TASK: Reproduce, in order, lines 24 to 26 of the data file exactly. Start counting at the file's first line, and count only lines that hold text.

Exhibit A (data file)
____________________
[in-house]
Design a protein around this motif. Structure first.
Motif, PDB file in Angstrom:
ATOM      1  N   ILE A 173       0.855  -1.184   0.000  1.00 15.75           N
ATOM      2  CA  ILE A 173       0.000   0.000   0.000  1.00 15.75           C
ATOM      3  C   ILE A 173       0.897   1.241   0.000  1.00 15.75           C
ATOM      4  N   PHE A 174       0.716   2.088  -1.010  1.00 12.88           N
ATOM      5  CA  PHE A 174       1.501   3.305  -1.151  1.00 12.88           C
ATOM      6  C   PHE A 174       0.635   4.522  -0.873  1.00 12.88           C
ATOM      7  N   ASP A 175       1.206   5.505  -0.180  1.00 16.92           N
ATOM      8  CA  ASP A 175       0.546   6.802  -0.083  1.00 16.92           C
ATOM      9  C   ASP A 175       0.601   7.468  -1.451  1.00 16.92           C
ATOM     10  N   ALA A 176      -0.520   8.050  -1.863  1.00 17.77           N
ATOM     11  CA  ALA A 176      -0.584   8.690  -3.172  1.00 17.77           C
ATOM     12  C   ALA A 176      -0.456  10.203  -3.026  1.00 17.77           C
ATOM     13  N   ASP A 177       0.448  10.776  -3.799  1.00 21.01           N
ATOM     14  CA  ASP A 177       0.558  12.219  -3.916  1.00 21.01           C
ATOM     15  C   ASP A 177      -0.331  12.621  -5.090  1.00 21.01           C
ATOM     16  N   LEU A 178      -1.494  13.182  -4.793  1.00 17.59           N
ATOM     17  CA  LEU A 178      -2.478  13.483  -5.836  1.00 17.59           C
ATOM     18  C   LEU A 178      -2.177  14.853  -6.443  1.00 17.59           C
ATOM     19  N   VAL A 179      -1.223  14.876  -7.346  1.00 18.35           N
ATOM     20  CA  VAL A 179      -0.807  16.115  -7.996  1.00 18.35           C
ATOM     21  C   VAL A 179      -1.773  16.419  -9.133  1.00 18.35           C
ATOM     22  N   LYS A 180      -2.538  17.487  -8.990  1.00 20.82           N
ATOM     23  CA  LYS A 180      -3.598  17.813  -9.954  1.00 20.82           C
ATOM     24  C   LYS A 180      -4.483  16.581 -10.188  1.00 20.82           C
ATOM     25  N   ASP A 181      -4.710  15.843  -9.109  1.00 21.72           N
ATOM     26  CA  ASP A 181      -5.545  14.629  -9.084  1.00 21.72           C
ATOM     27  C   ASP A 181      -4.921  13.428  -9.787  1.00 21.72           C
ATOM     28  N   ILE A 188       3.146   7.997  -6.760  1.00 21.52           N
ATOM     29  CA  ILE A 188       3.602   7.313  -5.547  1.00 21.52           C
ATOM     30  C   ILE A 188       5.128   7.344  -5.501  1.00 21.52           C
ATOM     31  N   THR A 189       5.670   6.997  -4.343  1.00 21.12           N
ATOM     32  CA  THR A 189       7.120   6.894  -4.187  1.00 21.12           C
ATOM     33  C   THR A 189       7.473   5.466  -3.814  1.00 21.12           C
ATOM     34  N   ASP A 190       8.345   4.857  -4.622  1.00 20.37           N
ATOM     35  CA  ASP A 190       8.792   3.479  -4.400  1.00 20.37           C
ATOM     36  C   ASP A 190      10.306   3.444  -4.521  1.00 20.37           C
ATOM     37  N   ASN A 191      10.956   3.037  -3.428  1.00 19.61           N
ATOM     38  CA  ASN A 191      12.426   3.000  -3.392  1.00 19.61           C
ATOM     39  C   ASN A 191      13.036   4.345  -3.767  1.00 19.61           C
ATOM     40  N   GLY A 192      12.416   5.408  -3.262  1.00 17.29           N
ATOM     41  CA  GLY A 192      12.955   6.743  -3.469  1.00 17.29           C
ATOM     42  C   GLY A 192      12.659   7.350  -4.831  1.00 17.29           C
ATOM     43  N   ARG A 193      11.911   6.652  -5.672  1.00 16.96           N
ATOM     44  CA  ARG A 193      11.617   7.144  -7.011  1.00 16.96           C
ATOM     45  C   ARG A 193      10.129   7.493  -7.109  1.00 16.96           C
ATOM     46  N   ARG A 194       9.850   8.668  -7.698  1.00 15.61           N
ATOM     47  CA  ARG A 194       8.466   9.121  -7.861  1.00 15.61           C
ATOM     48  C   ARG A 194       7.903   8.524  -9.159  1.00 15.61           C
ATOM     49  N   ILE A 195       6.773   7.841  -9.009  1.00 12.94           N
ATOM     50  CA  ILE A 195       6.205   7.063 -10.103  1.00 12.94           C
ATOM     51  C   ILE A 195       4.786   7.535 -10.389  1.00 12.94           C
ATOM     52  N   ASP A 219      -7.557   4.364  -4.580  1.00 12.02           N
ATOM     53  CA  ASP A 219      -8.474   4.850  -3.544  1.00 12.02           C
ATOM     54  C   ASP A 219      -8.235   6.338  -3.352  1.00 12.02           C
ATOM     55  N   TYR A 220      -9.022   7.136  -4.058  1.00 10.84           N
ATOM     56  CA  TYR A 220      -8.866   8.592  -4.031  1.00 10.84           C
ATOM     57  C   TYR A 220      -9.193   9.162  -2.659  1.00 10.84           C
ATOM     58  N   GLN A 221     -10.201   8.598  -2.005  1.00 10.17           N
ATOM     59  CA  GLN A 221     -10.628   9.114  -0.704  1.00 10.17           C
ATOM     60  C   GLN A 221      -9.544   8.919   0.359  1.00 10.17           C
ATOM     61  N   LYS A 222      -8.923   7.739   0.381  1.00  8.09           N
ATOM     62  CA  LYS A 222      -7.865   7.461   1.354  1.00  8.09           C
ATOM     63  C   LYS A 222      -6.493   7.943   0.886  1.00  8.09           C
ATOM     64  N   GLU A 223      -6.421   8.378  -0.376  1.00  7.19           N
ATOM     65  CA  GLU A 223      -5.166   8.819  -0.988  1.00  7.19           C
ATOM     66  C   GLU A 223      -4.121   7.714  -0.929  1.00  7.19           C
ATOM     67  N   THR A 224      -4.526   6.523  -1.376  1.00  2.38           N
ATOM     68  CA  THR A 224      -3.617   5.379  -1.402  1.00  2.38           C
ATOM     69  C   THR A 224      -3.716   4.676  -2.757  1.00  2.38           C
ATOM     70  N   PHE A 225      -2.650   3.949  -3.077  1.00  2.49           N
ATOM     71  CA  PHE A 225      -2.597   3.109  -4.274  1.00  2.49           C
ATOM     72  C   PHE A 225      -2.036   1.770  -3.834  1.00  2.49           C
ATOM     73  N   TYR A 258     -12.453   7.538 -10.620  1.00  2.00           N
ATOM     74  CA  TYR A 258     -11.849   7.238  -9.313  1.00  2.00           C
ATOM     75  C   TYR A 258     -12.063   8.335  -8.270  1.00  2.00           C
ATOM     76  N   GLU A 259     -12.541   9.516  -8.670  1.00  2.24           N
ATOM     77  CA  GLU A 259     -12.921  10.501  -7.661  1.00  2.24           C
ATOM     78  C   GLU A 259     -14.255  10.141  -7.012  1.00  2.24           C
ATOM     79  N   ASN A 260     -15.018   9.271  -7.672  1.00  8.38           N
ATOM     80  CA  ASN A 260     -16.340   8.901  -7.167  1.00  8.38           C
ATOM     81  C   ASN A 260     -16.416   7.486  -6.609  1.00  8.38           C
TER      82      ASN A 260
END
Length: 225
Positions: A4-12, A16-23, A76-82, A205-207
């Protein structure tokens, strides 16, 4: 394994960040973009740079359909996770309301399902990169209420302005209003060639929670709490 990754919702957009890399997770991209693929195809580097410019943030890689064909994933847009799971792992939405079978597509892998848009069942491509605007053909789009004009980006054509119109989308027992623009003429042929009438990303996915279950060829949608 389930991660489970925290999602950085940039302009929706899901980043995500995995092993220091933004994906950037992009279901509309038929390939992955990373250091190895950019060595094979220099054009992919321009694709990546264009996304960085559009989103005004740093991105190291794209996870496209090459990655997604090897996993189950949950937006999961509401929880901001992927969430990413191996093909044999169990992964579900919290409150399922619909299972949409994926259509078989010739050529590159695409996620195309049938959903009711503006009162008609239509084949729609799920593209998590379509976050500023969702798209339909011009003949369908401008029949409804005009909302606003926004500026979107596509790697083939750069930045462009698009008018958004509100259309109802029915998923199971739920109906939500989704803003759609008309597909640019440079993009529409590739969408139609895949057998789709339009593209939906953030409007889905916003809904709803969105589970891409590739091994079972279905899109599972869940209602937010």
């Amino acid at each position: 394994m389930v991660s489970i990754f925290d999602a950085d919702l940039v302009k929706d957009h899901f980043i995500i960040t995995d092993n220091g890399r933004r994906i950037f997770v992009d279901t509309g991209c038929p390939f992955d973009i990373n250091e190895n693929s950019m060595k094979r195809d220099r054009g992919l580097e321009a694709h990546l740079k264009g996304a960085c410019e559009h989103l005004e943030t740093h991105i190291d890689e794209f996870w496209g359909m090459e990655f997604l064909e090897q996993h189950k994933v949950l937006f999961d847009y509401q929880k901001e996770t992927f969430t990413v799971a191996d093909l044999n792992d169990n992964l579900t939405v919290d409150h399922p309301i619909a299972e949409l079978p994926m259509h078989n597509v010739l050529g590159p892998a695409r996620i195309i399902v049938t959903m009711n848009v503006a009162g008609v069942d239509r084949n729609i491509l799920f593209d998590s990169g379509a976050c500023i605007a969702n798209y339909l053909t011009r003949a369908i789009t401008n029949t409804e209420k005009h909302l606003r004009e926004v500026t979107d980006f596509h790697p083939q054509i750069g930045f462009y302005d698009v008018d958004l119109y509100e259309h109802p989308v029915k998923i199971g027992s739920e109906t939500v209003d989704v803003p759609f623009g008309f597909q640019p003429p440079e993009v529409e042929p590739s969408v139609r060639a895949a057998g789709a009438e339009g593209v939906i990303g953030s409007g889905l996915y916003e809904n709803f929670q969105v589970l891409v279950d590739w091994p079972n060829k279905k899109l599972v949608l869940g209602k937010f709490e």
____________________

ATOM     21  C   VAL A 179      -1.773  16.419  -9.133  1.00 18.35           C
ATOM     22  N   LYS A 180      -2.538  17.487  -8.990  1.00 20.82           N
ATOM     23  CA  LYS A 180      -3.598  17.813  -9.954  1.00 20.82           C